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Excluded by a Mum Clique: Survival guide

(275 Posts)
mummymummymillionmillion Mon 03-Mar-14 01:38:02

I thought I would write a mini survival guide and would love for people to contribute to help others though this situation as many have sent PM's to me after my incident 6 months ago.

Mean women, queen bees and “wendies” are some of the most insecure, spiteful people on earth.

As “mums” we can sometimes find ourselves being excluded by mature women, whether it is being shunned by a group of mums at the school gate or even socially excluded by former friends. As an adult it is naturally harder to make friends, so when this goes wrong is a shock to the system, especially if you never encountered mean girls at school.

Being excluded by an adult clique normally involves three players: the queen bee or aggressor, the target and the bystander (s). In my case I could not work out who the “queen bee” was, as there appeared to be two.

Adult women are less likely to able to stand by passively so there is sometimes a middle “queen bee” who feeds the information to the main “queen bee.” The main queen has powers to manipulate everyone and will often use the drama to become closer to other members of the group (which happened to me) this has been called being “wendied” on mumsnet.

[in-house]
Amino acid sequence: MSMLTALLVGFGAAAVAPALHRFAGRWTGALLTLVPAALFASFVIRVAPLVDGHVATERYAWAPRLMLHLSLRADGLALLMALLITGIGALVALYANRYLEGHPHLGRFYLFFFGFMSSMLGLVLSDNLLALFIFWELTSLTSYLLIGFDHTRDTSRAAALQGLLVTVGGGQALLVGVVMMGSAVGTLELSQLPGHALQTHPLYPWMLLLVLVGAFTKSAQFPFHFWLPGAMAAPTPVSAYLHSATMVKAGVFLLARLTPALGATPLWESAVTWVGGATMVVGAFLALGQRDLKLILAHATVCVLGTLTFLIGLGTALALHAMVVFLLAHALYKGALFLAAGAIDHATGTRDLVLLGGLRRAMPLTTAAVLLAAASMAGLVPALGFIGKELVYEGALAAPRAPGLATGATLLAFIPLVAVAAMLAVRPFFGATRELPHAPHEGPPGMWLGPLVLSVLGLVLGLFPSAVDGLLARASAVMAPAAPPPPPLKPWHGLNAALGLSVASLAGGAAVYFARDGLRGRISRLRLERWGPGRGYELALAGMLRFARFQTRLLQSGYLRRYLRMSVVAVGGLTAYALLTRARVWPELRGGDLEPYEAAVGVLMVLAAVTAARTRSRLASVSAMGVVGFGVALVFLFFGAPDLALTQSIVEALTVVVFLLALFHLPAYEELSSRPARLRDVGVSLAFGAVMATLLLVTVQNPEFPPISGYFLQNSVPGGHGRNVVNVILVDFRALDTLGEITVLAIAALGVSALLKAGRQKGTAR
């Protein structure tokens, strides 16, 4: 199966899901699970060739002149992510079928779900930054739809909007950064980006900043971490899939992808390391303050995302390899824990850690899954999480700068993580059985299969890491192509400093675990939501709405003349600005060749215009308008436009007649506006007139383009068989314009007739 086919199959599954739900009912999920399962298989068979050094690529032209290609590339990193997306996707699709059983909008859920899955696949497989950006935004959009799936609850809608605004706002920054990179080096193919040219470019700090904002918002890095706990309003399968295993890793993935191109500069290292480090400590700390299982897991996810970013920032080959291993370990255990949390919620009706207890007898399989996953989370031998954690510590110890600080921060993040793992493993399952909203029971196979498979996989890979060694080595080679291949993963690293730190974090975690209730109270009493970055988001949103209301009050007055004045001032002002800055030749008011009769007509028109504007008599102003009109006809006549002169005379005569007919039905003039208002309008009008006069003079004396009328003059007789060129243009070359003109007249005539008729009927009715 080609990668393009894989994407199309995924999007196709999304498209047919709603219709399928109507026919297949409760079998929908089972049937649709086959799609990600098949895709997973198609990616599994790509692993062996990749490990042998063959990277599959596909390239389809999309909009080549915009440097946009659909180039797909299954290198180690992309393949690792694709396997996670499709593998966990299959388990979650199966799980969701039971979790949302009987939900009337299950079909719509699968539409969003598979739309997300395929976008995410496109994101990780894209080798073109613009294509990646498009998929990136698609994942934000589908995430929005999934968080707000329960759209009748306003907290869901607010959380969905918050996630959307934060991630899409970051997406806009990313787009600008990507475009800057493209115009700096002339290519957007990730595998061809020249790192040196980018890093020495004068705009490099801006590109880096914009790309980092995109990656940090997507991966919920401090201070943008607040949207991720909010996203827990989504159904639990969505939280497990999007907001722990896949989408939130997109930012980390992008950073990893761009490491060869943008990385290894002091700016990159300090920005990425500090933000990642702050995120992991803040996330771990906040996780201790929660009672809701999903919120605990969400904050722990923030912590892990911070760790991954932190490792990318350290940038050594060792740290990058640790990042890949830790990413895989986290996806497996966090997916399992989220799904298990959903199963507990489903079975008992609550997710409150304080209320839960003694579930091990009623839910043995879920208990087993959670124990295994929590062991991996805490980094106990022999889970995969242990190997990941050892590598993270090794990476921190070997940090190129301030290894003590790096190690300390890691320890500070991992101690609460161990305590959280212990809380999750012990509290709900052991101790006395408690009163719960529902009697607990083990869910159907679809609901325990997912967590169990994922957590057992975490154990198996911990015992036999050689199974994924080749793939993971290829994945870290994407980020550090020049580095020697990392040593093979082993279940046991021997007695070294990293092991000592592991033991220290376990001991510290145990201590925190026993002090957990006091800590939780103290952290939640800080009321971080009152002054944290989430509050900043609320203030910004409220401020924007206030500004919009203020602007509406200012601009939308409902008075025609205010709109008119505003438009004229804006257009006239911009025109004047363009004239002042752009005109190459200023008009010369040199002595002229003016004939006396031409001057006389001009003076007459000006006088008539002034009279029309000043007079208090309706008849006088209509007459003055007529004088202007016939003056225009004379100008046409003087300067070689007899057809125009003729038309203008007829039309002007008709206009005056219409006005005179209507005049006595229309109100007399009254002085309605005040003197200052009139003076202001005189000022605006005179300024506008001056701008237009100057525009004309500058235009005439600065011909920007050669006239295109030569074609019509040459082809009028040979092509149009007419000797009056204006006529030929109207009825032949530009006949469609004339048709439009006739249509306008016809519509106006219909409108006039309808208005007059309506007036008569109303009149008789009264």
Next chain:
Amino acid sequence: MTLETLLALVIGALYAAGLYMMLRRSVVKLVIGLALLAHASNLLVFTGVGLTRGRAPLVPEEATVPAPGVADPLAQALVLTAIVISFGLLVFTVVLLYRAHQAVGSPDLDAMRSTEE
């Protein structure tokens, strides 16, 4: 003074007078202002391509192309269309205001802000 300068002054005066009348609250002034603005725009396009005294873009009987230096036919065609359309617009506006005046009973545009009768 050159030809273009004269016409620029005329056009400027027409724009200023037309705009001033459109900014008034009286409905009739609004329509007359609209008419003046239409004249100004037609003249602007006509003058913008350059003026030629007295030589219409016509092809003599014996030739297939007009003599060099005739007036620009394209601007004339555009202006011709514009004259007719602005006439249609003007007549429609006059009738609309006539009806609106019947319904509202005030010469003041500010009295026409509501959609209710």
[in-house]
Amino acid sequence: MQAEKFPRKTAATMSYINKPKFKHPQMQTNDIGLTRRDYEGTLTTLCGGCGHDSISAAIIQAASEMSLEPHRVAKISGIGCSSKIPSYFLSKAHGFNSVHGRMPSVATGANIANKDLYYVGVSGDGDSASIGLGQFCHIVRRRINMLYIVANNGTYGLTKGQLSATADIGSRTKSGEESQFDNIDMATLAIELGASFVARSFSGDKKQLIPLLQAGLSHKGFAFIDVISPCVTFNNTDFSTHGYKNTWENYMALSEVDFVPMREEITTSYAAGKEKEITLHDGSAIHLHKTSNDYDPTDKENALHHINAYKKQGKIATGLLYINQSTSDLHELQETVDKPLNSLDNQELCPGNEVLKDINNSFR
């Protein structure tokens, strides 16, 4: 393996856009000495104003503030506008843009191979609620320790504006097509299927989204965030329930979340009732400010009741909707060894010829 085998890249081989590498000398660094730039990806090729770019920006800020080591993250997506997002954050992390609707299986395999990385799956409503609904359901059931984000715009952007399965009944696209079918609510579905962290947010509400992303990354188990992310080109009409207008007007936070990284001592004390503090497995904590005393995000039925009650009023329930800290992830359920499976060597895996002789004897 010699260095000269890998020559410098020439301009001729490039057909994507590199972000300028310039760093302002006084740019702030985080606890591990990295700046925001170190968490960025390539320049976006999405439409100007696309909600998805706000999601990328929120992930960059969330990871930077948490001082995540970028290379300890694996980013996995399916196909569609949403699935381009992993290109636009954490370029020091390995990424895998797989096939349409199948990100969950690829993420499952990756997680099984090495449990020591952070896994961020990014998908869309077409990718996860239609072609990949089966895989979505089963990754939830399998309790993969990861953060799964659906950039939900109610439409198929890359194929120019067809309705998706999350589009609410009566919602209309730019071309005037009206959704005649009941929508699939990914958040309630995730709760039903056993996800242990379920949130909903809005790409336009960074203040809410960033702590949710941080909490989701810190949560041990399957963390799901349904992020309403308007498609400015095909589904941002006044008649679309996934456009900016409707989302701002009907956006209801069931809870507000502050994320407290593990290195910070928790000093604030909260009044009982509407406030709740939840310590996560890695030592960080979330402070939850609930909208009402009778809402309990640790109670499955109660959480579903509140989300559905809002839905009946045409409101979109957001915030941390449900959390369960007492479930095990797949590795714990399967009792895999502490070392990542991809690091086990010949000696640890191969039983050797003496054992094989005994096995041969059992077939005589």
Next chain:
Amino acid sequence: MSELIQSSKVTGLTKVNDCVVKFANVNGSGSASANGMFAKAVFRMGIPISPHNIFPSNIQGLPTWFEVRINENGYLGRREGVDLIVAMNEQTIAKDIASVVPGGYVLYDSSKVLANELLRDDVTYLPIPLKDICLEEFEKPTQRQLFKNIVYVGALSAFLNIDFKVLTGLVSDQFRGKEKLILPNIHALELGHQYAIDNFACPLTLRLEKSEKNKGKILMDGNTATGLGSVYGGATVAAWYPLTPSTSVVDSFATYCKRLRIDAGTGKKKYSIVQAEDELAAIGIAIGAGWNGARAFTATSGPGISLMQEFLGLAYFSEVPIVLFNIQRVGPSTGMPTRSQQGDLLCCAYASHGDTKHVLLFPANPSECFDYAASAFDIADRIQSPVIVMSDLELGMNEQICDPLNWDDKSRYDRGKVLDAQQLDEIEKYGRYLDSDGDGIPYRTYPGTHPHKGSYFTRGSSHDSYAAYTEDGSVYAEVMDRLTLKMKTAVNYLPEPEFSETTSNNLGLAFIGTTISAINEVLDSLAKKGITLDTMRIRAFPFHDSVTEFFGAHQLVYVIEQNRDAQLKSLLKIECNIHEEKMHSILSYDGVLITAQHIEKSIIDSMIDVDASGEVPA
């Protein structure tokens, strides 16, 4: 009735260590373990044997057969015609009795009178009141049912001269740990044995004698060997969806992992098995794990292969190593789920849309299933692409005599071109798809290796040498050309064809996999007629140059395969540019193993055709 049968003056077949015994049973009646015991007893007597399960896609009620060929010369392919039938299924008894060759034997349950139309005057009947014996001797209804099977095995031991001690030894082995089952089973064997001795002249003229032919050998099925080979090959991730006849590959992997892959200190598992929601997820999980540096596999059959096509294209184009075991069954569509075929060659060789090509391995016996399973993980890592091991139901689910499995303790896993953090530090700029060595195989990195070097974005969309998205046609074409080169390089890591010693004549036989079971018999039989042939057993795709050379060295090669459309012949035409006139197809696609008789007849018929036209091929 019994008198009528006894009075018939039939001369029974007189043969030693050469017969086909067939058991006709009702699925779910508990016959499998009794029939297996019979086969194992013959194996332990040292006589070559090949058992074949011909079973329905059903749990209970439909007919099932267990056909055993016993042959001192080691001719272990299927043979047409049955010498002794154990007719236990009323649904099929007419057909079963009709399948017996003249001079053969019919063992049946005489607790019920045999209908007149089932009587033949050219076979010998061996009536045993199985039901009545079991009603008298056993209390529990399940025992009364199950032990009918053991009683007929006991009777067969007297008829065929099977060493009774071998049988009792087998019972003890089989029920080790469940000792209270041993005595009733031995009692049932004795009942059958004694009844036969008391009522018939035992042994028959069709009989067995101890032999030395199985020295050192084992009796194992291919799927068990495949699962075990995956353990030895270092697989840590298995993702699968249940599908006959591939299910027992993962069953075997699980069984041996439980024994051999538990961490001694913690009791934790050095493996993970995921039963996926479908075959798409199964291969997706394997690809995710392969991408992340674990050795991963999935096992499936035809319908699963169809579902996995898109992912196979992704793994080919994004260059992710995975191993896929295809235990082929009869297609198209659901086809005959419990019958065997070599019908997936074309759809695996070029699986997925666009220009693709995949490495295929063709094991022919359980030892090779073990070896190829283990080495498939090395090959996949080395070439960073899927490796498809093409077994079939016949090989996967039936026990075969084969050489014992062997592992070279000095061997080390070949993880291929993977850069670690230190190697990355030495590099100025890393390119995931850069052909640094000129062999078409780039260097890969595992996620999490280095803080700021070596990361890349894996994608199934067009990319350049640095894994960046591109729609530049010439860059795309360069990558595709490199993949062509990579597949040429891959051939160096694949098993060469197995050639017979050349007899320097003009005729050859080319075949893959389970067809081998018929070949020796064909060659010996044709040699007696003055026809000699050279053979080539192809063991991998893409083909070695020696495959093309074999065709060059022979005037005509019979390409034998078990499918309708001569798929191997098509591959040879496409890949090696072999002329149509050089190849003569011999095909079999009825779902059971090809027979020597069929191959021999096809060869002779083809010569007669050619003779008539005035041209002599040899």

If you started the group then you are automatically a target as being more popular than “Wendy” herself (this was my problem)

How to heal inside…

1.Be carefree: it does not matter what people think of you.
2.Do not apologise: if you have been in the wrong then one apology is enough, if they do not accept it then they are not a true friend. (note: any type of affair/ stealing partners or money stealing is normally hard to forgive in friendships and will take time)
3.Never change yourself: You should not try to change yourself for someone else it is their loss if they do not want to be your friend or talk to you then it is their loss.
4.Befriend yourself: Treat yourself like you would have treated the nice, friendly school child who tried to make friends and was treated like dirt.